Opportunities in Africa featuring Tanzania

As part of Sassda’s drive to highlight business opportunities for its members and promote exports, each month we highlight a growth ‘hot spot’ in Africa and provide exclusive market intelligence, including the latest key data and in-depth analysis on a particular African country.


Shortly after achieving independence from the UK in the early 1960s, Tanganyika and Zanzibar merged to form the United Republic of Tanzania in 1964.  In 1965 the country held its first democratic elections since the 1970s.  Zanzibar maintains semi-autonomy and participates in national elections; popular political opposition on the isles led to four contentious elections since 1995, in which the ruling party claimed victory despite international observer’ claims of voting irregularities.

South African and Tanzania have a long history going back to the liberation struggle, so our ties to Tanzania are very good.  In terms of bilateral trade:

  • SA Exports to Tanzania are currently R6.5-billion;
  • Tanzania Export to SA are currently R377-million, and consist of gold, coffee and cotton predominantly.

The Tanzanians are not worried about the trade imbalance as they do not have the quality of goods that would allow them to export.

There are 170 South African companies operating in Tanzania and South Africa is one of the top ten investors in the country.  Some of these companies are Game, Vodacom, Stanbic, Multichoice, Anglo Gold and Southern Sun.

The Tanzanian economy is dependent on its agricultural sector which contributes a quarter of its GDP and employs 80% of the work force.   All land in Tanzania is owned by the Government but they will lease it out for a maximum of 30 years.

GDP is currently at 7%. Tanzania has an abundance of natural resources and is the third largest gold producer in African, after Ghana and South Africa. There is a lot of investment in Rail and Road infrastructure, which is sorely needed, from the Chinese and the Turkish, but there are still many more opportunities in the sector.


The economy depends on agriculture, which accounts for slightly less than one-quarter of GDP and employs about 65% of the work force, although gold production in recent years has increase to about 35% of exports.  All land in Tanzania is owned by government, which can lease land for up to 99 years.  Proposed reforms to allow for land ownership, particularly foreign land ownership, remain unpopular.Tanzania has achieved high growth rates based on its vast natural resource wealth and tourism with GDP growth in 2009-17 averaging 6-7% per annum.  Dar es Salaam used fiscal stimulus measures and easier monetary policy to lessen the impact of the global recession and in general, benefited from low oil prices.  Tanzania has largely completed its transition to a market economy, though the government retains a presence in sectors such as telecommunications, banking, energy and mining.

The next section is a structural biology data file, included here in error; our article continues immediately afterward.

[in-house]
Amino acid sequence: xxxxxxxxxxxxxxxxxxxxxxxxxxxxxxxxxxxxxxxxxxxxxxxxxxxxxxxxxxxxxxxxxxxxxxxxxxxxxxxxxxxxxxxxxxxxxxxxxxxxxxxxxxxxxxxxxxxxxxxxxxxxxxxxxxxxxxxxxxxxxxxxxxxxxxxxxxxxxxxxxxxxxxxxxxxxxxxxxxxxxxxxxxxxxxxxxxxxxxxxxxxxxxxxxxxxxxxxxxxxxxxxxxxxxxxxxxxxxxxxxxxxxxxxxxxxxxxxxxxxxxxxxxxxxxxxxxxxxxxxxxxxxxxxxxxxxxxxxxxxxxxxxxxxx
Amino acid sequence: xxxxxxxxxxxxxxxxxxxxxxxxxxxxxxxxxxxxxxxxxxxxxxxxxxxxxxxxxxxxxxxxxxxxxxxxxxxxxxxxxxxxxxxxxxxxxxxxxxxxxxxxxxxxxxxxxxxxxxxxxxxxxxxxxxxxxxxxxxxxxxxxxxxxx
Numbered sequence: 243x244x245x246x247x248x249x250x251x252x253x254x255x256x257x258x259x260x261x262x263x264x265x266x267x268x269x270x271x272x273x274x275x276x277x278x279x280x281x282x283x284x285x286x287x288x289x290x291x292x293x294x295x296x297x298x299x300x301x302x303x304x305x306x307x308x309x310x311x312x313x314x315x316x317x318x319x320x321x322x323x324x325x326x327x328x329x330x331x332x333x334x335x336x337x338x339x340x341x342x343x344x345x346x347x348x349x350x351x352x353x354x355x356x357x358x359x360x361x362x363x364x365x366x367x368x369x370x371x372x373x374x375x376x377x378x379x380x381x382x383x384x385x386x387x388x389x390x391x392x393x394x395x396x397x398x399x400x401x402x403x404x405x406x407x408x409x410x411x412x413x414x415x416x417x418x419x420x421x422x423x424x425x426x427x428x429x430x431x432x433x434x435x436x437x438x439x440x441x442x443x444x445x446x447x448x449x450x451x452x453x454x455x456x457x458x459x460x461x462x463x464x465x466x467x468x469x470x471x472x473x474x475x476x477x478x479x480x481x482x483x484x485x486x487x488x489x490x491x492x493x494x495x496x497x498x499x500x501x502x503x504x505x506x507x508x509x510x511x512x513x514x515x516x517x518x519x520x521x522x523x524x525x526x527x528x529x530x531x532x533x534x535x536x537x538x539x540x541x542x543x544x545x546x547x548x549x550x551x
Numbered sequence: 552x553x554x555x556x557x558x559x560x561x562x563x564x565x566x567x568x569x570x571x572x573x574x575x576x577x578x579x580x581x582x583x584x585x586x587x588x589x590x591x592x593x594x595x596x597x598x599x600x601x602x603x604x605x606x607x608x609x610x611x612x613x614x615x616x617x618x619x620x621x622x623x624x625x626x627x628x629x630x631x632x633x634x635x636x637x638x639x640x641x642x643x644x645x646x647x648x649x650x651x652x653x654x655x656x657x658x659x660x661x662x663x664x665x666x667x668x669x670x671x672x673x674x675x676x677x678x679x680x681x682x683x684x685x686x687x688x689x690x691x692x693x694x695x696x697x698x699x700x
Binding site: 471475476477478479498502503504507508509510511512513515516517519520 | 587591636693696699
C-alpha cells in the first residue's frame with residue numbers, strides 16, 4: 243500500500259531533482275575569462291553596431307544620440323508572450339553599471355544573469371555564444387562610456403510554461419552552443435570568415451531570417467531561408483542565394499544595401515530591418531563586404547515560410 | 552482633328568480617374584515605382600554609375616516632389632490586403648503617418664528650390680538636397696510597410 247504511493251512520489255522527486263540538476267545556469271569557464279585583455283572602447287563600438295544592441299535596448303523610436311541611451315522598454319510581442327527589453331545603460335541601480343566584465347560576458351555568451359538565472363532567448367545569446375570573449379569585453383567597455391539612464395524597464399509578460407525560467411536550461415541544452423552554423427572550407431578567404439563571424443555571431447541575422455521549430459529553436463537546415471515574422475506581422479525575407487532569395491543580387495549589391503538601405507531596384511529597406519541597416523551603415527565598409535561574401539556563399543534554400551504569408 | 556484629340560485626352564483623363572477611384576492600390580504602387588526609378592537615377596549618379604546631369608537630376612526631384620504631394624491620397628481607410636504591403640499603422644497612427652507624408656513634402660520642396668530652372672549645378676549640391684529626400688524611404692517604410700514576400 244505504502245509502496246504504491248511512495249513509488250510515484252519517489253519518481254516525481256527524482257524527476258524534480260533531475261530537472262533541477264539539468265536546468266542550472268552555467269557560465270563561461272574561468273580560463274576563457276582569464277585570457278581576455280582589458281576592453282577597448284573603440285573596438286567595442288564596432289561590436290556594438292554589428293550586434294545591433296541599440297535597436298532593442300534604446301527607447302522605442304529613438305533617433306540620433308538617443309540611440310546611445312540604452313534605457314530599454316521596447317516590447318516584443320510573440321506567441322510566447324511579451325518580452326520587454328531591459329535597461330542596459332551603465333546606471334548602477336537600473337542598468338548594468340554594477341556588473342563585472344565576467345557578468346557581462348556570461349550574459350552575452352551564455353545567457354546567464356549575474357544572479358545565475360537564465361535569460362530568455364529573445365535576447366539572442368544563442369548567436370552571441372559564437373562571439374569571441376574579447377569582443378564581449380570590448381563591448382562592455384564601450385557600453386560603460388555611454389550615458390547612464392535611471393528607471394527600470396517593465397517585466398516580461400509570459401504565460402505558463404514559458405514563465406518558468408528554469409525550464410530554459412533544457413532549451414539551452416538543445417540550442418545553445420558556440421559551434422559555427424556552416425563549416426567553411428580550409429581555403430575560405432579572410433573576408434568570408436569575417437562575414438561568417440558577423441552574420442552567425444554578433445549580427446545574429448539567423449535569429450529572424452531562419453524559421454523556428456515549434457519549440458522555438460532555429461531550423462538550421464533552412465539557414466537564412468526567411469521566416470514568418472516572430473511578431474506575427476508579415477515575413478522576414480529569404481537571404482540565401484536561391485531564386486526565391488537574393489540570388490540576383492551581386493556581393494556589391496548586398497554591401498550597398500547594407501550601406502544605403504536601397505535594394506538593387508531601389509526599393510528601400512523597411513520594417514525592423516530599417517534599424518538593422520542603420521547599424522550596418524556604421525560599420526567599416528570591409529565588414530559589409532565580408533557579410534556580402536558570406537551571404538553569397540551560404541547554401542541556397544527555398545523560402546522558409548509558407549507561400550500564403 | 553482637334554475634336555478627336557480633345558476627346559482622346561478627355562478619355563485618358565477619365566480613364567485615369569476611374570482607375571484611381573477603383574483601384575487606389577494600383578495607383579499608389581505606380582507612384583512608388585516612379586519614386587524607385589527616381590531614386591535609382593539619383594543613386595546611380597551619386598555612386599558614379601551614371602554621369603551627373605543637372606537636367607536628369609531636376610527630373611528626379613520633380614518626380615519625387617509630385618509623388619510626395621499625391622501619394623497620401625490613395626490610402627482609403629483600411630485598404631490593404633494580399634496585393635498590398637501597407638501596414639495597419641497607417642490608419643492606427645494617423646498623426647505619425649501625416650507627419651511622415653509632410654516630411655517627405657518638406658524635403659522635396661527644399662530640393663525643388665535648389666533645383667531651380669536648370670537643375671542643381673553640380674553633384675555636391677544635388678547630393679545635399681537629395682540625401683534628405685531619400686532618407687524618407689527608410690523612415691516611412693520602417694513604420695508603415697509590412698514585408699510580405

The financial sector in Tanzania has expanded in recent years and foreign-owned banks account for about 48% of the banking industry’s total assets.  Competition among foreign commercial banks has resulted in significant improvements in the efficiency and quality of the banking services, though interest rates are still relatively high, reflecting high fraud risk.  Banking reforms have helped increase private-sector growth and investment.

The Work Bank, the IMF, and bilateral donors have provided funds to rehabilitate Tanzania’s aging infrastructure, including rail and port, which provide important trade links for inland countries.  In 2013, Tanzania completed the world’s largest Millennium Challenge Compact (MCC) grant, worth $698 million, but in late 2015, the MCC Board of Directors deferred a decision to renew Tanzania’s eligibility because of irregularities in voting in Zanzibar and concerns over the government’s use of a controversial cybercrime bill.

The new government elected in 2015 has developed an ambitious development agenda focused on creating a better business environment through improved infrastructure, access to financing and education progress, but implementing budgets remains challenging for the government.  Recent policy moves by President Magufuli are aimed at protecting domestic industry and have caused concern among foreign investors.